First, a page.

It may come as news to many Decanter readers that Peru even has a wine scene – let alone a rich history of wine production. In fact, it is the oldest wine-producing country in South America.
The area surrounding Lima, the capital of Peru, was where the Spanish conquistadors initially planted vines. Using grape varieties from the Canary Islands, they first made wine in the 16th century.
Historian Carlos Buller writes in his book Viticulture in Colonial Peru: ‘It’s likely that planting vines was one of the first things the Spanish did on their arrival, sometime in the 1530s, at different locations across the territory.’
These vineyards soon expanded southwards, mainly to Ica, Arequipa, Moquegua and Tacna. This led to a golden age of wine production for Peru, when Peruvian wine was sold right across South America in the 17th and 18th centuries.
However, by the 19th century viticulture had been relegated to the sidelines. This was due to natural disasters: earthquakes, volcanic eruptions and even phylloxera. There were also economic difficulties in the form of commercial restrictions imposed by the Spanish crown and the need to plant other crops.
The surviving vineyards were focused on producing pisco, the traditional grape spirit of Peru, as well as the popular Borgoña – a sweet wine made from the Isabella hybrid.
But Peruvian winemakers are a proud, resilient breed. Today, after modernising their wineries and repurposing their vineyards with the help of international consultants, they are determined to surprise the world with their fine wines.
They certainly have a lot of reputation building ahead of them. But I wouldn’t bet against Peru…
Peruvian wine today
Currently Peruvian winemakers are split between two different paths, which both offer plenty of potential. One path is to choose European varieties, notably Malbec, Cabernet Sauvignon, Syrah, Merlot, Tannat, Sauvignon Blanc and Chardonnay.
The other is to opt for ‘patrimoniales’, or heritage grapes that have historically been used for pisco. These include Quebranta, Mollar, Negra Criolla (Chile’s País), Torontel, Moscatel Negro del Perú, Albilla (Palomino Fino) and Italia. Some of these have been around since viticulture first began in South America, while others were bred on the continent itself.
‘Producing wines from patrimoniales grapes is a way to differentiate ourselves,’ says Pedro Cuenca Espinoza, a sommelier and founder of Perú Vino, a leading distributor of Peruvian wines. ‘Producers have learned to adapt their vines and harvest times to obtain grapes for fine wines. Today, you can enjoy Quebranta rosés and Italia [the Peruvian name for Muscat of Alexandria] whites, both of which are very fresh, expressive and well made.’
Meanwhile, Luis Gómez, head of winemaking at Intipalka – who has worked at La Celia and Bodegas CARO in Argentina – is convinced that European varieties offer a more promising future in Peru.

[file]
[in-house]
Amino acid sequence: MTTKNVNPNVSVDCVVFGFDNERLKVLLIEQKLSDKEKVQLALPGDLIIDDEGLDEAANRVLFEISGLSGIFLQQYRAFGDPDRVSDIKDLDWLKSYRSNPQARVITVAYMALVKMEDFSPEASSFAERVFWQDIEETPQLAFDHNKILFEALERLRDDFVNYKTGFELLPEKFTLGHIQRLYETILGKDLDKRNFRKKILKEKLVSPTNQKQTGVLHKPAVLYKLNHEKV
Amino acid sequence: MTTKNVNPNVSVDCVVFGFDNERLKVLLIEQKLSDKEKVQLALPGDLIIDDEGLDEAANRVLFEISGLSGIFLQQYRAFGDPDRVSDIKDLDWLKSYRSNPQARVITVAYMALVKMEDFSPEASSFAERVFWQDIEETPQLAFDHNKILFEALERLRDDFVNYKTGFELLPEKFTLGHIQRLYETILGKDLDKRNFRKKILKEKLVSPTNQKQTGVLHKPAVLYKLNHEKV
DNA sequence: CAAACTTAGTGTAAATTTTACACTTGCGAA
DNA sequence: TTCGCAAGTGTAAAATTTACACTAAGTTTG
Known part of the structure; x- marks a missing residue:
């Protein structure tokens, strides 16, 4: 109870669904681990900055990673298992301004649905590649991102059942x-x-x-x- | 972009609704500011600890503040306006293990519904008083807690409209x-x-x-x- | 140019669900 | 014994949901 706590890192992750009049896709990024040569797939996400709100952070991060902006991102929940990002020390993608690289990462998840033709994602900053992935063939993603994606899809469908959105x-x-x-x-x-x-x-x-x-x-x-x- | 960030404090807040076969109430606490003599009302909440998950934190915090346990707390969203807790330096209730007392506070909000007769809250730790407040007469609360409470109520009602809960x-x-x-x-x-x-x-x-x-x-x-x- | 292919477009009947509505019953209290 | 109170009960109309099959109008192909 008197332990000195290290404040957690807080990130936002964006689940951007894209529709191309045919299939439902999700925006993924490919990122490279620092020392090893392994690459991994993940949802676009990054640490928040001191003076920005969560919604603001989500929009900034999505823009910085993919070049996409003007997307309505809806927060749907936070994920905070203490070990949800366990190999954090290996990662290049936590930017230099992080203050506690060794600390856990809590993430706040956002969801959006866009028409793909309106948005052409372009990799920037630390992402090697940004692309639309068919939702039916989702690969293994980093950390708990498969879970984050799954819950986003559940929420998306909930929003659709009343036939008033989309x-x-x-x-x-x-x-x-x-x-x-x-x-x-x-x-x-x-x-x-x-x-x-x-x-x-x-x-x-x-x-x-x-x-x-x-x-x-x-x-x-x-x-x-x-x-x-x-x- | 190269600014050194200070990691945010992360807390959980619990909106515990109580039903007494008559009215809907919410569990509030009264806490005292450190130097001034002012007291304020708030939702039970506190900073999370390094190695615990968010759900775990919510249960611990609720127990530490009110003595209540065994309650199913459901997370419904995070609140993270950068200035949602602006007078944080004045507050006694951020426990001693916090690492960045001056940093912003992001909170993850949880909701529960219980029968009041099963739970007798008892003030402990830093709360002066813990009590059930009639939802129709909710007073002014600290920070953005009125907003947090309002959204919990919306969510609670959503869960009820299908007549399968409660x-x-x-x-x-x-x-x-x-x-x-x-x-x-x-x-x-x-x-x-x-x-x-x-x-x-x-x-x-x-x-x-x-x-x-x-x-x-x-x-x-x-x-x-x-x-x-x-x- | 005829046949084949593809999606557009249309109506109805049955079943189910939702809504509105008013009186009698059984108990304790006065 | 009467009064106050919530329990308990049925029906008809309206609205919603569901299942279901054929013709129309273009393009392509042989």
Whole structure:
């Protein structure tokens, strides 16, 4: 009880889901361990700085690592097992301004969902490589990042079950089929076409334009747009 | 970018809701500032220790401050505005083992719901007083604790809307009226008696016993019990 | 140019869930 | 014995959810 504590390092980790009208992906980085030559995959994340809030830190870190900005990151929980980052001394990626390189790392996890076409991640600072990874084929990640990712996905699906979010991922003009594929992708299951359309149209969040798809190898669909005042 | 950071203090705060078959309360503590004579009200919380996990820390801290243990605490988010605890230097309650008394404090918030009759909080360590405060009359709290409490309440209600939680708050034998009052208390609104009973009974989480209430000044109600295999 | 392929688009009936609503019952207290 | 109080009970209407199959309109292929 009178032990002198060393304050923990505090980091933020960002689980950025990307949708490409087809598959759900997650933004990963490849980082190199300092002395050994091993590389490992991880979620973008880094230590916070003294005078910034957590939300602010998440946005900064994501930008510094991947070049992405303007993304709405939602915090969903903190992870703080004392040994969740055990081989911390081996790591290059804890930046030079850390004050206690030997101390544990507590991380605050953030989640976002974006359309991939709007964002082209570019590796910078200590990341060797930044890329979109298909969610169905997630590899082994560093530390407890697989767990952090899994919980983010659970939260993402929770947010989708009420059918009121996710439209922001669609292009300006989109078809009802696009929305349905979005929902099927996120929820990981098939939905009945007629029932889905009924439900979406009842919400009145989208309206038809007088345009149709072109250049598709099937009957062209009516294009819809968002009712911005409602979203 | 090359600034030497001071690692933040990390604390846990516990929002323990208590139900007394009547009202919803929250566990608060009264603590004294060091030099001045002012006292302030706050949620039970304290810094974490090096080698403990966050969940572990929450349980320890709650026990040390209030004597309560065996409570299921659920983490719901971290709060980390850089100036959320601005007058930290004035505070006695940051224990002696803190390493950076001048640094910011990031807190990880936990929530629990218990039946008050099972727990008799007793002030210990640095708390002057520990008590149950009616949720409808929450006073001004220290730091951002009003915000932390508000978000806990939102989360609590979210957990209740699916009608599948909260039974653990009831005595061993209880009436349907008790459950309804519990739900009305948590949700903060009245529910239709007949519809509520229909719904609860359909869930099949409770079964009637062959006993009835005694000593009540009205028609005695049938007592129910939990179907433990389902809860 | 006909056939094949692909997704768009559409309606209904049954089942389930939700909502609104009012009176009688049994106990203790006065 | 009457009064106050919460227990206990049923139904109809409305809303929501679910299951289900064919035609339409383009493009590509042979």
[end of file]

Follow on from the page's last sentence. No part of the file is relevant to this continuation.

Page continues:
‘We have terroirs with plenty of potential to produce unique expressions using varieties such as Malbec, Syrah, Cabernet and Muscat of Alexandria,’ he says. ‘We’re not ruling out patrimoniales varieties, but our main objective is to show that Peru can produce elegant wines with a distinctive flavour.’
On the map
Peru has about 15,000ha of vineyards destined for the production of pisco and sweet wines. But only a small portion of this surface area is used to produce quality grapes for dry wines.
From north to south, the viticultural region stretches from Lima, down through Ica, Arequipa, Moquegua and Tacna. All of the terroirs are influenced by the Humboldt Current from the Pacific Ocean. The altitude and exposure provided by the Andes in arid areas at the northern edge of the Pacific coastal desert is also a factor.
Ica contains 50% of the quality vineyards of Peru and has three main sub-regions: Chincha, Pisco and the Ica Valley. Most of the vineyards are set at heights of between 400m and 650m above sea level. Their deep, sandy soils are rich in diatomite, calcium carbonate and minerals without much organic matter. The micro-climate – arid and subtropical – ensures a sizable thermal range, while the ocean breeze cools the otherwise warm climate.
Notable producers in Ica include Intipalka (Queirolo), Mimo, Ocucaje, Pampas de Ica and Tacama – a winery with the oldest vineyard in South America, dating back to 1540. All of them make pisco as well as fine wines from European and heritage varieties. Stand-out wines include Quebranta and Mollar rosés and whites from Muscat of Alexandria, Torontel and Albilla.
Regions and producers
In Chincha, Tabernero and Viña Vieja are traditional wineries producing international-class wines. Meanwhile in the Pisco Valley, heritage varieties come to the fore, as evidenced by the natural wines of Bodega Murga.
The Vítor and Caravelí Valleys are the hubs in Arequipa. Both valleys boast vineyards planted at heights above 1,200m in colluvial clay soils. The Vítor Valley produces mainly Malbec, known there as Burdeos, Moscatel Negro del Perú and Muscat of Alexandria for whites.
Paz-Soldán is the leading producer in the region. Caravelí is an important location in the history of Peruvian viticulture with heritage vineyards planted at heights of around 1,600 metres, where fruit is still fermented in centuries-old clay vessels and flagons.
Moquegua was an important viticultural centre in the 17th century, when it was known as the ‘Bordeaux of the Americas’. Today, Muscat of Alexandria, Moscatel Negro, Quebranta, Syrah and Malbec are the raw materials for the intriguing wines being made by the Viejo Molino winery.
Finally Tacna is the most southerly region in Peru with vineyards located at around 1,200m. There’s a vast range of different varieties here, as is reflected in the portfolio of Marqués Cariñoso, a winery that uses both European and heritage grapes.